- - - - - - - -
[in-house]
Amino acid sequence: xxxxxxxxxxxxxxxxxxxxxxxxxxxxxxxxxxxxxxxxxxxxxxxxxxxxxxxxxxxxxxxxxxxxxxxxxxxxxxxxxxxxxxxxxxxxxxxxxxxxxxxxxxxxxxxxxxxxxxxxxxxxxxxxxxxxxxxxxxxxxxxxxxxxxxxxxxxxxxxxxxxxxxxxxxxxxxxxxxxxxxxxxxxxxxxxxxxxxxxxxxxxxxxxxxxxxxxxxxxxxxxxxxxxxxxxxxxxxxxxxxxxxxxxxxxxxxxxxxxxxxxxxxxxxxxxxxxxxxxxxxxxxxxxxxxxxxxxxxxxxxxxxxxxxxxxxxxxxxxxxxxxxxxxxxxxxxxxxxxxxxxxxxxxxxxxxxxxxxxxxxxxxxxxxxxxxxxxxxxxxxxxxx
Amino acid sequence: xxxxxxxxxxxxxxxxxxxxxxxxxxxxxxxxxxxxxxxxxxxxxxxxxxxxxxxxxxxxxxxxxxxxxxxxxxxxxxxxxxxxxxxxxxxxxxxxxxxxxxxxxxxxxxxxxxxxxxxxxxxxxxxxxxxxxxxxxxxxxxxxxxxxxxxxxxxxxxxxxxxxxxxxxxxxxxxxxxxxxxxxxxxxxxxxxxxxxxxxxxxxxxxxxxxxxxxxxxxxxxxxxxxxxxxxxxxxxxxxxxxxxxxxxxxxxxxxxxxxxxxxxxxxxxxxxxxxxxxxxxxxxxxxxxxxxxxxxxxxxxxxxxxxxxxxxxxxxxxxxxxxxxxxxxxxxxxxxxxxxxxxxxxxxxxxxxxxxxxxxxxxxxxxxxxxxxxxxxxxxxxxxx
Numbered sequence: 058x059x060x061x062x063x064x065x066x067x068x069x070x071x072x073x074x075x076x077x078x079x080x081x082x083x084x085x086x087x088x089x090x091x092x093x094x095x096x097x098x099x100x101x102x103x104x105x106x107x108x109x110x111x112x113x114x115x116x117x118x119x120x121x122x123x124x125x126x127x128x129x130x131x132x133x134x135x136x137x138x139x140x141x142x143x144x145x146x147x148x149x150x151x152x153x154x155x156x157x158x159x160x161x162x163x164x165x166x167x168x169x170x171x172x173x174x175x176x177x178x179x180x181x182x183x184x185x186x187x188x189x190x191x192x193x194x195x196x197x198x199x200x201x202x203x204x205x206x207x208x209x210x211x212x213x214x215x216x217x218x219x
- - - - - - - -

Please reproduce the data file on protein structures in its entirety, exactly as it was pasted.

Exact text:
[in-house]
Amino acid sequence: xxxxxxxxxxxxxxxxxxxxxxxxxxxxxxxxxxxxxxxxxxxxxxxxxxxxxxxxxxxxxxxxxxxxxxxxxxxxxxxxxxxxxxxxxxxxxxxxxxxxxxxxxxxxxxxxxxxxxxxxxxxxxxxxxxxxxxxxxxxxxxxxxxxxxxxxxxxxxxxxxxxxxxxxxxxxxxxxxxxxxxxxxxxxxxxxxxxxxxxxxxxxxxxxxxxxxxxxxxxxxxxxxxxxxxxxxxxxxxxxxxxxxxxxxxxxxxxxxxxxxxxxxxxxxxxxxxxxxxxxxxxxxxxxxxxxxxxxxxxxxxxxxxxxxxxxxxxxxxxxxxxxxxxxxxxxxxxxxxxxxxxxxxxxxxxxxxxxxxxxxxxxxxxxxxxxxxxxxxxxxxxxxx
Amino acid sequence: xxxxxxxxxxxxxxxxxxxxxxxxxxxxxxxxxxxxxxxxxxxxxxxxxxxxxxxxxxxxxxxxxxxxxxxxxxxxxxxxxxxxxxxxxxxxxxxxxxxxxxxxxxxxxxxxxxxxxxxxxxxxxxxxxxxxxxxxxxxxxxxxxxxxxxxxxxxxxxxxxxxxxxxxxxxxxxxxxxxxxxxxxxxxxxxxxxxxxxxxxxxxxxxxxxxxxxxxxxxxxxxxxxxxxxxxxxxxxxxxxxxxxxxxxxxxxxxxxxxxxxxxxxxxxxxxxxxxxxxxxxxxxxxxxxxxxxxxxxxxxxxxxxxxxxxxxxxxxxxxxxxxxxxxxxxxxxxxxxxxxxxxxxxxxxxxxxxxxxxxxxxxxxxxxxxxxxxxxxxxxxxxxx
Numbered sequence: 058x059x060x061x062x063x064x065x066x067x068x069x070x071x072x073x074x075x076x077x078x079x080x081x082x083x084x085x086x087x088x089x090x091x092x093x094x095x096x097x098x099x100x101x102x103x104x105x106x107x108x109x110x111x112x113x114x115x116x117x118x119x120x121x122x123x124x125x126x127x128x129x130x131x132x133x134x135x136x137x138x139x140x141x142x143x144x145x146x147x148x149x150x151x152x153x154x155x156x157x158x159x160x161x162x163x164x165x166x167x168x169x170x171x172x173x174x175x176x177x178x179x180x181x182x183x184x185x186x187x188x189x190x191x192x193x194x195x196x197x198x199x200x201x202x203x204x205x206x207x208x209x210x211x212x213x214x215x216x217x218x219x